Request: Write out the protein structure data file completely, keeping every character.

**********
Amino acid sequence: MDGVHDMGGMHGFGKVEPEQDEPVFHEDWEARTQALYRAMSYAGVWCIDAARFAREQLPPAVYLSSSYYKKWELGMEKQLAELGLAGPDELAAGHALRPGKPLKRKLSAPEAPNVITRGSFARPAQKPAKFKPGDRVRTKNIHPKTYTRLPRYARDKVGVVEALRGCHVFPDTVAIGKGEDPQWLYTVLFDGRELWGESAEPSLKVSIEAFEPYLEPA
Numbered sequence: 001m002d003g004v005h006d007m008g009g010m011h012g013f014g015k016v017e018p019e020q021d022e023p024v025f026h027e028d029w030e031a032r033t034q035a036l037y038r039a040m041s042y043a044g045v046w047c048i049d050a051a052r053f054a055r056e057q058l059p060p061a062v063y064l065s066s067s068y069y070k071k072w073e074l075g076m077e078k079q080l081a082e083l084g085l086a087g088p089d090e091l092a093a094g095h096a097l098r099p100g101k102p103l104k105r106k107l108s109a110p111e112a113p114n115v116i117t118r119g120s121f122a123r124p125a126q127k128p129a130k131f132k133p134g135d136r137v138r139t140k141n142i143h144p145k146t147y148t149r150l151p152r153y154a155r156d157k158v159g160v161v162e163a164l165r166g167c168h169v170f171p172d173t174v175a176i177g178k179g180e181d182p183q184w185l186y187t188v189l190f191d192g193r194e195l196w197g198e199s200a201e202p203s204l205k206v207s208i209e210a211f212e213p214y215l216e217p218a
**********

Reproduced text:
Amino acid sequence: MDGVHDMGGMHGFGKVEPEQDEPVFHEDWEARTQALYRAMSYAGVWCIDAARFAREQLPPAVYLSSSYYKKWELGMEKQLAELGLAGPDELAAGHALRPGKPLKRKLSAPEAPNVITRGSFARPAQKPAKFKPGDRVRTKNIHPKTYTRLPRYARDKVGVVEALRGCHVFPDTVAIGKGEDPQWLYTVLFDGRELWGESAEPSLKVSIEAFEPYLEPA
Numbered sequence: 001m002d003g004v005h006d007m008g009g010m011h012g013f014g015k016v017e018p019e020q021d022e023p024v025f026h027e028d029w030e031a032r033t034q035a036l037y038r039a040m041s042y043a044g045v046w047c048i049d050a051a052r053f054a055r056e057q058l059p060p061a062v063y064l065s066s067s068y069y070k071k072w073e074l075g076m077e078k079q080l081a082e083l084g085l086a087g088p089d090e091l092a093a094g095h096a097l098r099p100g101k102p103l104k105r106k107l108s109a110p111e112a113p114n115v116i117t118r119g120s121f122a123r124p125a126q127k128p129a130k131f132k133p134g135d136r137v138r139t140k141n142i143h144p145k146t147y148t149r150l151p152r153y154a155r156d157k158v159g160v161v162e163a164l165r166g167c168h169v170f171p172d173t174v175a176i177g178k179g180e181d182p183q184w185l186y187t188v189l190f191d192g193r194e195l196w197g198e199s200a201e202p203s204l205k206v207s208i209e210a211f212e213p214y215l216e217p218a